The story of Moses before the burning bush (Exodus 3:1ff) was read in many churches this past Sunday. I have always wondered why in the story Moses is commanded to not go any nearer but to “take off your shoes for the place you are standing is holy ground” (Ex 3: 5). It struck me this past Sunday that the reason might as well be that Moses would feel the burning bush under his exposed feet. “Standing in the Fire” is the image that came to mind. In some African communities two estranged individuals (or elders representing two communities) step over warm ashes to shake hands as a gesture of reconciliation. The warm ashes represent the pain of their past estrangement, which they are meant to feel.

Moses And The Burning Bush (Byzantine Mosaic; St. Catherines Monastery, South Sinai, Egypt)

"Moses And The Burning Bush" (Byzantine Mosaic; St. Catherine's Monastery, South Sinai, Egypt)

As Moses stands (sandals removed) in the fire of the burning bush God tells him: “I have heard the cry of my people”. It is as if God is inviting Moses to feel the same pain, to hear the same cry that God has heard. The pain of God’s people now become Moses’ pain. But it is also then that God reveals herself more intimately to Moses – not simply as the God of ‘your forefathers’, but as the “I am”. And it is here again in the fire that Moses receives his call – which is to say God reveals God’s mission which involves Moses’ life (I mean to send you down to Egypt…). All these are gifts, so to say, that Moses receives as he stands in the fire, feeling the heat of the burning bush. This is what makes the burning bush ‘holy ground’.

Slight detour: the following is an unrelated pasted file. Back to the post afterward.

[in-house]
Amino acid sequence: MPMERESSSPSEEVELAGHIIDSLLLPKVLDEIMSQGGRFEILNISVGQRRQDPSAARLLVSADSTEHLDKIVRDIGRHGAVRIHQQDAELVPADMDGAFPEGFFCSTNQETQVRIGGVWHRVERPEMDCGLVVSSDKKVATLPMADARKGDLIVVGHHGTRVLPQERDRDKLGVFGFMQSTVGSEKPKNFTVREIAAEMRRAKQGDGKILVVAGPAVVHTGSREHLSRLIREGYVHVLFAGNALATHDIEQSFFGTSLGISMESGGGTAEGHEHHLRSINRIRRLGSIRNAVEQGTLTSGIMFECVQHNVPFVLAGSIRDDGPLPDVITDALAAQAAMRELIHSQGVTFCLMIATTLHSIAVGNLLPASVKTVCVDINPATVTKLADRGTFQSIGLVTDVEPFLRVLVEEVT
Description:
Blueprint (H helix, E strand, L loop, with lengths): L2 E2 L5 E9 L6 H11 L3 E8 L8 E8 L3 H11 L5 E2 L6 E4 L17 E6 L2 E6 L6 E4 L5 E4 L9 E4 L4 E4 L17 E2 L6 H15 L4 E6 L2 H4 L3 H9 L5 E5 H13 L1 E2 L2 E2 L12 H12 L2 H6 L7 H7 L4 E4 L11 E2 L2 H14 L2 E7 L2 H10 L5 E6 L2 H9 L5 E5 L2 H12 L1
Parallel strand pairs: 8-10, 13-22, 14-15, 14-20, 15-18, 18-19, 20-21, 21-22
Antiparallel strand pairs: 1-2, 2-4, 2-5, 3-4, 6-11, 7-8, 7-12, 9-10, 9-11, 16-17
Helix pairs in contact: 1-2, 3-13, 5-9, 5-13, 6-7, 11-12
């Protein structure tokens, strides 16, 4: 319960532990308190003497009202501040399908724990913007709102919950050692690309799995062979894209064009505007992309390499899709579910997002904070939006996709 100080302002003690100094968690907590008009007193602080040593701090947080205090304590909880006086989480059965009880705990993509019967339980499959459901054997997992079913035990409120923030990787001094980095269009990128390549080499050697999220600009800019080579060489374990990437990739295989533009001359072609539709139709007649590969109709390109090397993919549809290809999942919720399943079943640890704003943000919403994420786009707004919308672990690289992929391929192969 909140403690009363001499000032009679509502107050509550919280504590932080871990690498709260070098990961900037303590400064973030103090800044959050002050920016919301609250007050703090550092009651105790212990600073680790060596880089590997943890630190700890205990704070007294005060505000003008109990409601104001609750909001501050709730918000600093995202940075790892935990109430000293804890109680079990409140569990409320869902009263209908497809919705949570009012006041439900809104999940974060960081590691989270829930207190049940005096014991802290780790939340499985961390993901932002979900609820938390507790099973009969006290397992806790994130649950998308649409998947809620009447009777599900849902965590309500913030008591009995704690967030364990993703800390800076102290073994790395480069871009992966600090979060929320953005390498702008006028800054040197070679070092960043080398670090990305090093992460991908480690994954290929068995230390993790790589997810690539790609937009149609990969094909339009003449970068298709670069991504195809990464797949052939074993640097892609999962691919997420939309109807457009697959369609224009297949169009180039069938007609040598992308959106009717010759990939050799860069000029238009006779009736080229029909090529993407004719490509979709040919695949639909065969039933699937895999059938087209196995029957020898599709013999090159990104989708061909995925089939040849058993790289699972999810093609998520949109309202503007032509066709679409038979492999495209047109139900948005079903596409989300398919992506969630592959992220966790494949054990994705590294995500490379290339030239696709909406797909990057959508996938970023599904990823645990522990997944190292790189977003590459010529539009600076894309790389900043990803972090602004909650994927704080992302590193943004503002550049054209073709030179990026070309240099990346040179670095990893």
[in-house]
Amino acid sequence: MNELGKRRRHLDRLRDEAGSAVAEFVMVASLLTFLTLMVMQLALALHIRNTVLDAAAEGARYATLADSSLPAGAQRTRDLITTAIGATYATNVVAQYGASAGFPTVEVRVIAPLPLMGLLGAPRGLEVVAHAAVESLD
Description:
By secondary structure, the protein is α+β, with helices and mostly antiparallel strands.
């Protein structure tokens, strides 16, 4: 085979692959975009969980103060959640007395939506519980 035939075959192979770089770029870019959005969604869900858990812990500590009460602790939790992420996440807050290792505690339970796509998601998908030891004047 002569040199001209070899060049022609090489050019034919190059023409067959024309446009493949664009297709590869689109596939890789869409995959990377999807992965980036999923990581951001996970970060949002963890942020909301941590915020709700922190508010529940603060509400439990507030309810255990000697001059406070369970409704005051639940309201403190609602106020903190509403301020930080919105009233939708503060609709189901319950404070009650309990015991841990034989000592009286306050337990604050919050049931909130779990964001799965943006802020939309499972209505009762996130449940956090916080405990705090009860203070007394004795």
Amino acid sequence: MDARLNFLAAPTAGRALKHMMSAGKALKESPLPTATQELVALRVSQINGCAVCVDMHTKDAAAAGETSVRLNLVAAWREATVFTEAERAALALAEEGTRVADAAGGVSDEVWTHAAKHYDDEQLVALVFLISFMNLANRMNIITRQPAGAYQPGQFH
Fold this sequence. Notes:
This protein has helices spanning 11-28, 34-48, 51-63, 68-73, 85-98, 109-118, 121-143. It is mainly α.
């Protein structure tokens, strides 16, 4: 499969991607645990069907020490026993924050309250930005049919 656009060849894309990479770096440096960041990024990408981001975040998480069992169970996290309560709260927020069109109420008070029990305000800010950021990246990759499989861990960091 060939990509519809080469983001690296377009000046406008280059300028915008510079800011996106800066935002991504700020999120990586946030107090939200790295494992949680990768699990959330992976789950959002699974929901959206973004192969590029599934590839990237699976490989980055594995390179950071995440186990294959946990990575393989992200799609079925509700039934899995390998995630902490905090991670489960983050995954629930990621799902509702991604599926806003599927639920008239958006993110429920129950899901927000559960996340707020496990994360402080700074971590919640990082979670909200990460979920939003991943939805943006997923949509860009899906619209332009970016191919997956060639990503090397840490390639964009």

I think about Lent as the time more than any other when I am invited – nay, commanded to ‘remove your sandals’ and learn to stand on the holy ground of pain so as to receive the strange gifts of compassion (feeling other people’s cries); of God’s intimacy (“I am”) and glimpse, even if in fragmented and piecemeal ways, the meaning and purpose of my life. Even then, the fact that pain and suffering can be such a holy ground remains a mystery, even though an integral part of God’s journey with us, which Angelina Atyam describes as  “painfully beautiful”.


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